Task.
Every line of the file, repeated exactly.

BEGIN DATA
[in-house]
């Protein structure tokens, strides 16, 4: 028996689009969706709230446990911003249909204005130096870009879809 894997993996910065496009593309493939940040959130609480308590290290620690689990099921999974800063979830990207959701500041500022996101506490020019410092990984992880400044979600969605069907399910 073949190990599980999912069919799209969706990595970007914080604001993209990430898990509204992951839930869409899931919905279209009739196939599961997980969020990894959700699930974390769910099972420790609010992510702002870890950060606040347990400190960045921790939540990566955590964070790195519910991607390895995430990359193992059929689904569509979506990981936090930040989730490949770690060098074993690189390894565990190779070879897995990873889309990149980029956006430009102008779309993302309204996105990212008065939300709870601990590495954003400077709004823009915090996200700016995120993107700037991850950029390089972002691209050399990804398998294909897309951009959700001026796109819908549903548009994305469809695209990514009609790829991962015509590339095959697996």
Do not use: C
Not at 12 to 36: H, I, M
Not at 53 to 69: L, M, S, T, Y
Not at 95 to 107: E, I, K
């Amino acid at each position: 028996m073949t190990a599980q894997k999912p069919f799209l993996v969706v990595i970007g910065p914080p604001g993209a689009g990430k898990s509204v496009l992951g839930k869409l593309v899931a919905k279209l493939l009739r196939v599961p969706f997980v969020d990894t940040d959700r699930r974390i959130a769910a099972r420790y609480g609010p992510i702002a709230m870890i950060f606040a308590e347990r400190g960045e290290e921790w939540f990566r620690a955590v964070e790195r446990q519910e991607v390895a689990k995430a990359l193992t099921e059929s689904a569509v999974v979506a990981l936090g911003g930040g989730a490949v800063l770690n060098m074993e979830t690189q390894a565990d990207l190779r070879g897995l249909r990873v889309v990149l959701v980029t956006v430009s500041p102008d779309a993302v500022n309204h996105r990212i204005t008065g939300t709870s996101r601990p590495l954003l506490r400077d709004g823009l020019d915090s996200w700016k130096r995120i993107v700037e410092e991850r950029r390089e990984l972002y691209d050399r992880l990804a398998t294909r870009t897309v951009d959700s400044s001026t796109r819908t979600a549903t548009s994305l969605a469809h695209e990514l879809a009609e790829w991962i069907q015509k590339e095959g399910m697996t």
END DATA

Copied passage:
[in-house]
């Protein structure tokens, strides 16, 4: 028996689009969706709230446990911003249909204005130096870009879809 894997993996910065496009593309493939940040959130609480308590290290620690689990099921999974800063979830990207959701500041500022996101506490020019410092990984992880400044979600969605069907399910 073949190990599980999912069919799209969706990595970007914080604001993209990430898990509204992951839930869409899931919905279209009739196939599961997980969020990894959700699930974390769910099972420790609010992510702002870890950060606040347990400190960045921790939540990566955590964070790195519910991607390895995430990359193992059929689904569509979506990981936090930040989730490949770690060098074993690189390894565990190779070879897995990873889309990149980029956006430009102008779309993302309204996105990212008065939300709870601990590495954003400077709004823009915090996200700016995120993107700037991850950029390089972002691209050399990804398998294909897309951009959700001026796109819908549903548009994305469809695209990514009609790829991962015509590339095959697996």
Do not use: C
Not at 12 to 36: H, I, M
Not at 53 to 69: L, M, S, T, Y
Not at 95 to 107: E, I, K
């Amino acid at each position: 028996m073949t190990a599980q894997k999912p069919f799209l993996v969706v990595i970007g910065p914080p604001g993209a689009g990430k898990s509204v496009l992951g839930k869409l593309v899931a919905k279209l493939l009739r196939v599961p969706f997980v969020d990894t940040d959700r699930r974390i959130a769910a099972r420790y609480g609010p992510i702002a709230m870890i950060f606040a308590e347990r400190g960045e290290e921790w939540f990566r620690a955590v964070e790195r446990q519910e991607v390895a689990k995430a990359l193992t099921e059929s689904a569509v999974v979506a990981l936090g911003g930040g989730a490949v800063l770690n060098m074993e979830t690189q390894a565990d990207l190779r070879g897995l249909r990873v889309v990149l959701v980029t956006v430009s500041p102008d779309a993302v500022n309204h996105r990212i204005t008065g939300t709870s996101r601990p590495l954003l506490r400077d709004g823009l020019d915090s996200w700016k130096r995120i993107v700037e410092e991850r950029r390089e990984l972002y691209d050399r992880l990804a398998t294909r870009t897309v951009d959700s400044s001026t796109r819908t979600a549903t548009s994305l969605a469809h695209e990514l879809a009609e790829w991962i069907q015509k590339e095959g399910m697996t």